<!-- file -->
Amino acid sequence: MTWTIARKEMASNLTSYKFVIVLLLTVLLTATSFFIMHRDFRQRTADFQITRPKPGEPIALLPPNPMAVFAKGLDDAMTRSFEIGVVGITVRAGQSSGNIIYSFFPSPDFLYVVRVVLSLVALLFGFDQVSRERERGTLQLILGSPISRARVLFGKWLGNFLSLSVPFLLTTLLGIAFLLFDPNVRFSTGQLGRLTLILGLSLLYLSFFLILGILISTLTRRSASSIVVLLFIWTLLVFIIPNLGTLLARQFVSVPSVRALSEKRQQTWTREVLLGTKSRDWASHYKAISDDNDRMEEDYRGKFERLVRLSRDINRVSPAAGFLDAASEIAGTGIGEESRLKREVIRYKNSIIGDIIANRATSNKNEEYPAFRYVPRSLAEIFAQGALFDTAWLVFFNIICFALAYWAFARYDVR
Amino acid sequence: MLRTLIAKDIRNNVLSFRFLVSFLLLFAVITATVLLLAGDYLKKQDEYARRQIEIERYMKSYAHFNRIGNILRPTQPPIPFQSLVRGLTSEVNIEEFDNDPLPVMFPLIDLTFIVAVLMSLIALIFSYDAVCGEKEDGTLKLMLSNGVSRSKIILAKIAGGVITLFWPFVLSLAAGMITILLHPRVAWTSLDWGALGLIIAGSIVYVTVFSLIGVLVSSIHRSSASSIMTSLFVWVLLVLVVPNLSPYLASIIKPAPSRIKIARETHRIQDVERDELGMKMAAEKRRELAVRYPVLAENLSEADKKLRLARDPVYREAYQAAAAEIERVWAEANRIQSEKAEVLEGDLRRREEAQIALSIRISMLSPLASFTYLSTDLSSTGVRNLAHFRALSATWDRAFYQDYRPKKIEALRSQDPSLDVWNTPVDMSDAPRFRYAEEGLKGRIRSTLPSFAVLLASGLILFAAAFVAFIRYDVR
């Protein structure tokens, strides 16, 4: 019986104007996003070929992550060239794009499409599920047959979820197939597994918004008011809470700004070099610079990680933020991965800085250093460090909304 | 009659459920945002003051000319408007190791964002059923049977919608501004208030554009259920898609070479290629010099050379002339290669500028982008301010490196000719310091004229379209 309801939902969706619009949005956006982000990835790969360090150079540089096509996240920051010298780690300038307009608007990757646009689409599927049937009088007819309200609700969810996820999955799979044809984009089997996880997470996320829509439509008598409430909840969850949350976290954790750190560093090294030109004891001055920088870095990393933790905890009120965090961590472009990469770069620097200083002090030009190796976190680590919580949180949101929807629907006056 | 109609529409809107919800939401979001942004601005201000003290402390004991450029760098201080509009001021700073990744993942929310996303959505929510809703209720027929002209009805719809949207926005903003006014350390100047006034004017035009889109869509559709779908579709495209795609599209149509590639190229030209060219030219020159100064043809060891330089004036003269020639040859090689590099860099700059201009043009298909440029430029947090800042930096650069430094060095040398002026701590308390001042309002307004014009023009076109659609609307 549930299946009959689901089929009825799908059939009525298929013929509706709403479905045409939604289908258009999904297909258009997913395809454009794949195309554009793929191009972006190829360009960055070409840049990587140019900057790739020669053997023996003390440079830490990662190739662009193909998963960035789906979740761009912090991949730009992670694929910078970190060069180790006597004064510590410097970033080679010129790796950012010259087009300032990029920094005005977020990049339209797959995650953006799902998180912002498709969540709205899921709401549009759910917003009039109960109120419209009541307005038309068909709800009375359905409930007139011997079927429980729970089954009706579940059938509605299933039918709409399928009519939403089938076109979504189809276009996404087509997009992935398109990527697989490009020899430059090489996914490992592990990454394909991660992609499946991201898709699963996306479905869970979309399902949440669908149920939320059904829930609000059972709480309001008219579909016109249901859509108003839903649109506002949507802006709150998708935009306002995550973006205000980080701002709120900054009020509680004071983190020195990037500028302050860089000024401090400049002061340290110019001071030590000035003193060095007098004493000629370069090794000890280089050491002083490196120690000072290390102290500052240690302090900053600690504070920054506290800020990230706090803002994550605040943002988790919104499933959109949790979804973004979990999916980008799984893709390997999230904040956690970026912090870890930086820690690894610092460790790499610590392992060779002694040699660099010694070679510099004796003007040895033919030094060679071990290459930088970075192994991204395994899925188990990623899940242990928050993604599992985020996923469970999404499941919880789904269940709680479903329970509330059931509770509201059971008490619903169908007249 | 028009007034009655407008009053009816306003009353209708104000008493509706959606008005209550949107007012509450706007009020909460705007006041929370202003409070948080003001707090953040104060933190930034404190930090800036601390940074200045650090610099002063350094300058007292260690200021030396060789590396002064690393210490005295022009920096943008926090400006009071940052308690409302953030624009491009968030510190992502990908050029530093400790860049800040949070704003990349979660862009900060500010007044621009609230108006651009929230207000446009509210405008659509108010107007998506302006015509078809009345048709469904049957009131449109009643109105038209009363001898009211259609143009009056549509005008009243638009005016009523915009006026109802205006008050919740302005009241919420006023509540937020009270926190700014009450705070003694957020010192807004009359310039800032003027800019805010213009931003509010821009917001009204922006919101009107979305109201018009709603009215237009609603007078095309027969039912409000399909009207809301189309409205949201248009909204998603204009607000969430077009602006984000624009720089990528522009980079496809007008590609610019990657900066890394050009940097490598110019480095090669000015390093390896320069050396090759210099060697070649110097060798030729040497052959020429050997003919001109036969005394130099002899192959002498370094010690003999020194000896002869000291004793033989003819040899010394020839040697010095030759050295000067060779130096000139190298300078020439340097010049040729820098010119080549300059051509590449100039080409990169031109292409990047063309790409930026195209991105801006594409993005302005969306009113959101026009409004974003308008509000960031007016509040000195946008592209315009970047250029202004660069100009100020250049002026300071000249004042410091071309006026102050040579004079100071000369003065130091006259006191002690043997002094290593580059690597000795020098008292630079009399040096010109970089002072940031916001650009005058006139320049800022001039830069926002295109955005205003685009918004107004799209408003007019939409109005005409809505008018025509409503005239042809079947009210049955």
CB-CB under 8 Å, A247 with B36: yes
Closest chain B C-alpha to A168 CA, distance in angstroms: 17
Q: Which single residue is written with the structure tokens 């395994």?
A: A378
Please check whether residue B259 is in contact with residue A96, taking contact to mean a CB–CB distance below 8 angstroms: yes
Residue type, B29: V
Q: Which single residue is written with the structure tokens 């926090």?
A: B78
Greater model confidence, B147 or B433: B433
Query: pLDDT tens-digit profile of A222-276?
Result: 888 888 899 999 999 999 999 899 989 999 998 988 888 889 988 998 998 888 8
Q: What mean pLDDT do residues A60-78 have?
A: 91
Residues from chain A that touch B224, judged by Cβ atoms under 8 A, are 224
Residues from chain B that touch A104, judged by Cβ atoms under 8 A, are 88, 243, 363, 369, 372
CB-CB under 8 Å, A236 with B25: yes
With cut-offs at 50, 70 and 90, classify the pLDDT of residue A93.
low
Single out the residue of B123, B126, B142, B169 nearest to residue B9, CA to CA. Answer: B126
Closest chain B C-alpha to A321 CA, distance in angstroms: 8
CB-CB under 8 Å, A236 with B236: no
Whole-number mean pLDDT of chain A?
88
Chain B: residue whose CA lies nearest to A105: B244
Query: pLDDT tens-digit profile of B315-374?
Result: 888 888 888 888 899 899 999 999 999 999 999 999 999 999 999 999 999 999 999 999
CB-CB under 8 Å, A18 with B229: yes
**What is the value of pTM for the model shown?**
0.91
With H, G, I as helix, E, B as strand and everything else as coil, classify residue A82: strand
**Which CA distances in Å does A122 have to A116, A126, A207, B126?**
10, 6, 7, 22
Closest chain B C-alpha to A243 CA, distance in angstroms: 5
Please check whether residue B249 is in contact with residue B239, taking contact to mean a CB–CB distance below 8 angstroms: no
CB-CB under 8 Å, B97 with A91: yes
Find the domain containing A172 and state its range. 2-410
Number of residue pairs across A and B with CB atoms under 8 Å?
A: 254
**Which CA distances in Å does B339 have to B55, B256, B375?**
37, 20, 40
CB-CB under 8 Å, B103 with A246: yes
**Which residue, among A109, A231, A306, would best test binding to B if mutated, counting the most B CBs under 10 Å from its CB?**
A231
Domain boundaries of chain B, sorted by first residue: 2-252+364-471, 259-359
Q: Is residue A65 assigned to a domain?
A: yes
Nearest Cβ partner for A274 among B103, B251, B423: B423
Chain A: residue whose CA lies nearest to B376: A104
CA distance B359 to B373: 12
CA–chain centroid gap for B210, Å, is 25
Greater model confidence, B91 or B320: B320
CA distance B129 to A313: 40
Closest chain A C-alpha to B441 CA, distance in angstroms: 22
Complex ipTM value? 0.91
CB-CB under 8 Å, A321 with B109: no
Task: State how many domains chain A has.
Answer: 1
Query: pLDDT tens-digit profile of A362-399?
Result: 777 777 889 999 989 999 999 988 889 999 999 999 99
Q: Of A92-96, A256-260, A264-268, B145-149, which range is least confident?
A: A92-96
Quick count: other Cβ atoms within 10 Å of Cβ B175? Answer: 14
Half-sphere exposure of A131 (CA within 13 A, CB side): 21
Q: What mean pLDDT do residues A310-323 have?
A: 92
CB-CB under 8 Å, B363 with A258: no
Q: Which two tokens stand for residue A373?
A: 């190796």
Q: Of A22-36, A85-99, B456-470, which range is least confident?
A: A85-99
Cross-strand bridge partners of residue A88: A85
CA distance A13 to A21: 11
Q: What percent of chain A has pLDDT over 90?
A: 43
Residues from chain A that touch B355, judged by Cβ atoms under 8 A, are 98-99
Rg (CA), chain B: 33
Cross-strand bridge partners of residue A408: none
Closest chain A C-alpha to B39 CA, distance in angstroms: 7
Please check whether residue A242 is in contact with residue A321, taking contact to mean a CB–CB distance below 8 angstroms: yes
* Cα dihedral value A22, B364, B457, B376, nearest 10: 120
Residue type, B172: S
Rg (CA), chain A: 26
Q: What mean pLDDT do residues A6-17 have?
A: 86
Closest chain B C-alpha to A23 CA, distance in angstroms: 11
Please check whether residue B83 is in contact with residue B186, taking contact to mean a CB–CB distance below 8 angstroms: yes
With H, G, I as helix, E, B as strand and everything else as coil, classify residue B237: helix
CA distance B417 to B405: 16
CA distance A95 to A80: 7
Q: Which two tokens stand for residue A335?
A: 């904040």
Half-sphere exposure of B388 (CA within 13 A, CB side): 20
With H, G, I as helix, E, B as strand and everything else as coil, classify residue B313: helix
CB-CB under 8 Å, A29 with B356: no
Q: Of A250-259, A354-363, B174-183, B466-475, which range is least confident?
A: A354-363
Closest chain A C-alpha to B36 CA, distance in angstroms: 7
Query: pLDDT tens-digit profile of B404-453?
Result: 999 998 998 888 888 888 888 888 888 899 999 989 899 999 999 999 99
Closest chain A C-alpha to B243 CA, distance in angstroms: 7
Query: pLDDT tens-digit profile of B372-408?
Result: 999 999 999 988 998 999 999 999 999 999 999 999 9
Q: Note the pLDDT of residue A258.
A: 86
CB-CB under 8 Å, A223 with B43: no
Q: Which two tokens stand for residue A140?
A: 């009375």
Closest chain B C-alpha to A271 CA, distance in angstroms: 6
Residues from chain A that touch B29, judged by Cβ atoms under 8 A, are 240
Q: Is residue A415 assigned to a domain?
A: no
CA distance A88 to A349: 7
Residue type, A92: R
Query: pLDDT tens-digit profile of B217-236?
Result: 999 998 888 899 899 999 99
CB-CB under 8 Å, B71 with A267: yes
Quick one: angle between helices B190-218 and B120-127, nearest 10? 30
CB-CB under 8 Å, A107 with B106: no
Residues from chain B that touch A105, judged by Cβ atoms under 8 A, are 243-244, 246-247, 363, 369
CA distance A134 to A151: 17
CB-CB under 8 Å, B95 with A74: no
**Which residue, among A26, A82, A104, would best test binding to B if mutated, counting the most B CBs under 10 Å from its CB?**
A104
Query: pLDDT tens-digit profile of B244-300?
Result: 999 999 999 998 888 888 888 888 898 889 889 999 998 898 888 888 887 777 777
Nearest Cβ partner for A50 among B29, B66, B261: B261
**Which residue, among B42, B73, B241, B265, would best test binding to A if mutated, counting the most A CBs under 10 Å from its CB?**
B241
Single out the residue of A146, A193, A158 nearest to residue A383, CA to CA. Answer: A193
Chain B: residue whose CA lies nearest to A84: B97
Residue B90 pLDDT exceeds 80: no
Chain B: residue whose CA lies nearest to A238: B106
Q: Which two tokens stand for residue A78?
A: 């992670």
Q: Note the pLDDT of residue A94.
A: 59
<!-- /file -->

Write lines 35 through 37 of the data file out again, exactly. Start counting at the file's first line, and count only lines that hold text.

10, 6, 7, 22
Closest chain B C-alpha to A243 CA, distance in angstroms: 5
Please check whether residue B249 is in contact with residue B239, taking contact to mean a CB–CB distance below 8 angstroms: no